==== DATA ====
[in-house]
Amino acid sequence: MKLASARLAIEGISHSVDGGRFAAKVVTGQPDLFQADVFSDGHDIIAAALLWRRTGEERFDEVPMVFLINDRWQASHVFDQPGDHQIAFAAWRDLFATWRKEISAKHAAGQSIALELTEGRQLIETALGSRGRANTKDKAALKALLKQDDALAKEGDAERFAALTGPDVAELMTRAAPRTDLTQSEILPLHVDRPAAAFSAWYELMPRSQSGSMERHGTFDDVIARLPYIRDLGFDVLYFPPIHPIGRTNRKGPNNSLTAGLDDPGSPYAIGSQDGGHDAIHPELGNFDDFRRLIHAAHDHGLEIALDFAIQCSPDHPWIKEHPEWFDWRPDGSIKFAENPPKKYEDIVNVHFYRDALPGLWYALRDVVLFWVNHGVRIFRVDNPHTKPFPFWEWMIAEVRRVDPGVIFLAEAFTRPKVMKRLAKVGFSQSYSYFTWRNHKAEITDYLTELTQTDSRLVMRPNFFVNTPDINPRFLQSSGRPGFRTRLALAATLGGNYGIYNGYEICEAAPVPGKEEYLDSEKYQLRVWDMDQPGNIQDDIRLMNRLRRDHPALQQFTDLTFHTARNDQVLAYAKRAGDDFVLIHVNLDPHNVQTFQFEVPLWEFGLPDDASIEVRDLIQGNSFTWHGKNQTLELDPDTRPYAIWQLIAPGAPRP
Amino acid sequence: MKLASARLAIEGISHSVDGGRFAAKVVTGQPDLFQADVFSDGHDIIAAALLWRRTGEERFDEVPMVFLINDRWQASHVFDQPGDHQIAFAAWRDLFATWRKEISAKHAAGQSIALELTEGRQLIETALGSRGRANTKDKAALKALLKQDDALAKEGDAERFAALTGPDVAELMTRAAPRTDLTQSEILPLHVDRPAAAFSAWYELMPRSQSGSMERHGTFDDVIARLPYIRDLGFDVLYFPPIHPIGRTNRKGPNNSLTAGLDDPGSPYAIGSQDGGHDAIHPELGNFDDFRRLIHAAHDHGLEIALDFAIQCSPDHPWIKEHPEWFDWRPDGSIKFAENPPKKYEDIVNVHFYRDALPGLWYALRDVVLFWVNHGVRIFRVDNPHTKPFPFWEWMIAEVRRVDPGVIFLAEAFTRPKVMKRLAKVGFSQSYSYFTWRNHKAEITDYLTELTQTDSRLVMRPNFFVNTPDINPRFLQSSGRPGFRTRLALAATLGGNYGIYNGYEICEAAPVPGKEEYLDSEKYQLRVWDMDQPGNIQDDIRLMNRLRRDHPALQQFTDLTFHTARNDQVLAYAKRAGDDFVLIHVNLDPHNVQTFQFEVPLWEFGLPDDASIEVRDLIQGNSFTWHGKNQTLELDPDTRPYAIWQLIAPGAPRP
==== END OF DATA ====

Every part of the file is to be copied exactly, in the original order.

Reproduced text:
[in-house]
Amino acid sequence: MKLASARLAIEGISHSVDGGRFAAKVVTGQPDLFQADVFSDGHDIIAAALLWRRTGEERFDEVPMVFLINDRWQASHVFDQPGDHQIAFAAWRDLFATWRKEISAKHAAGQSIALELTEGRQLIETALGSRGRANTKDKAALKALLKQDDALAKEGDAERFAALTGPDVAELMTRAAPRTDLTQSEILPLHVDRPAAAFSAWYELMPRSQSGSMERHGTFDDVIARLPYIRDLGFDVLYFPPIHPIGRTNRKGPNNSLTAGLDDPGSPYAIGSQDGGHDAIHPELGNFDDFRRLIHAAHDHGLEIALDFAIQCSPDHPWIKEHPEWFDWRPDGSIKFAENPPKKYEDIVNVHFYRDALPGLWYALRDVVLFWVNHGVRIFRVDNPHTKPFPFWEWMIAEVRRVDPGVIFLAEAFTRPKVMKRLAKVGFSQSYSYFTWRNHKAEITDYLTELTQTDSRLVMRPNFFVNTPDINPRFLQSSGRPGFRTRLALAATLGGNYGIYNGYEICEAAPVPGKEEYLDSEKYQLRVWDMDQPGNIQDDIRLMNRLRRDHPALQQFTDLTFHTARNDQVLAYAKRAGDDFVLIHVNLDPHNVQTFQFEVPLWEFGLPDDASIEVRDLIQGNSFTWHGKNQTLELDPDTRPYAIWQLIAPGAPRP
Amino acid sequence: MKLASARLAIEGISHSVDGGRFAAKVVTGQPDLFQADVFSDGHDIIAAALLWRRTGEERFDEVPMVFLINDRWQASHVFDQPGDHQIAFAAWRDLFATWRKEISAKHAAGQSIALELTEGRQLIETALGSRGRANTKDKAALKALLKQDDALAKEGDAERFAALTGPDVAELMTRAAPRTDLTQSEILPLHVDRPAAAFSAWYELMPRSQSGSMERHGTFDDVIARLPYIRDLGFDVLYFPPIHPIGRTNRKGPNNSLTAGLDDPGSPYAIGSQDGGHDAIHPELGNFDDFRRLIHAAHDHGLEIALDFAIQCSPDHPWIKEHPEWFDWRPDGSIKFAENPPKKYEDIVNVHFYRDALPGLWYALRDVVLFWVNHGVRIFRVDNPHTKPFPFWEWMIAEVRRVDPGVIFLAEAFTRPKVMKRLAKVGFSQSYSYFTWRNHKAEITDYLTELTQTDSRLVMRPNFFVNTPDINPRFLQSSGRPGFRTRLALAATLGGNYGIYNGYEICEAAPVPGKEEYLDSEKYQLRVWDMDQPGNIQDDIRLMNRLRRDHPALQQFTDLTFHTARNDQVLAYAKRAGDDFVLIHVNLDPHNVQTFQFEVPLWEFGLPDDASIEVRDLIQGNSFTWHGKNQTLELDPDTRPYAIWQLIAPGAPRP